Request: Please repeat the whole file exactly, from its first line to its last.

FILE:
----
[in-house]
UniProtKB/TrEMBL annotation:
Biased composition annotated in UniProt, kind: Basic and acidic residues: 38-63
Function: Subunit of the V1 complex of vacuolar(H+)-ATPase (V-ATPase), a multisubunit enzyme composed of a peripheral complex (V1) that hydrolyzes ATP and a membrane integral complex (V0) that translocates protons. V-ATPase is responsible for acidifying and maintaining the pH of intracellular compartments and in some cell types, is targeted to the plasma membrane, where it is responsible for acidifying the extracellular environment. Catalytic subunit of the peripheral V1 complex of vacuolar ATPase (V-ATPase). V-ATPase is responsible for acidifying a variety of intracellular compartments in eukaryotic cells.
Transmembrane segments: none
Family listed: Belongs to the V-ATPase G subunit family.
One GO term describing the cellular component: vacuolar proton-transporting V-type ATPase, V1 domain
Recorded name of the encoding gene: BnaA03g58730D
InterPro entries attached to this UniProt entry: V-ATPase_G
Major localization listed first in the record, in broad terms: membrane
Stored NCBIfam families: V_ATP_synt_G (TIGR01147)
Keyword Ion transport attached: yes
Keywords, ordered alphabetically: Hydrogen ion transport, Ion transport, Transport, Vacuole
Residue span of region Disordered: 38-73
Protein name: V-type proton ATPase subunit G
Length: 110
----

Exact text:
[in-house]
UniProtKB/TrEMBL annotation:
Biased composition annotated in UniProt, kind: Basic and acidic residues: 38-63
Function: Subunit of the V1 complex of vacuolar(H+)-ATPase (V-ATPase), a multisubunit enzyme composed of a peripheral complex (V1) that hydrolyzes ATP and a membrane integral complex (V0) that translocates protons. V-ATPase is responsible for acidifying and maintaining the pH of intracellular compartments and in some cell types, is targeted to the plasma membrane, where it is responsible for acidifying the extracellular environment. Catalytic subunit of the peripheral V1 complex of vacuolar ATPase (V-ATPase). V-ATPase is responsible for acidifying a variety of intracellular compartments in eukaryotic cells.
Transmembrane segments: none
Family listed: Belongs to the V-ATPase G subunit family.
One GO term describing the cellular component: vacuolar proton-transporting V-type ATPase, V1 domain
Recorded name of the encoding gene: BnaA03g58730D
InterPro entries attached to this UniProt entry: V-ATPase_G
Major localization listed first in the record, in broad terms: membrane
Stored NCBIfam families: V_ATP_synt_G (TIGR01147)
Keyword Ion transport attached: yes
Keywords, ordered alphabetically: Hydrogen ion transport, Ion transport, Transport, Vacuole
Residue span of region Disordered: 38-73
Protein name: V-type proton ATPase subunit G
Length: 110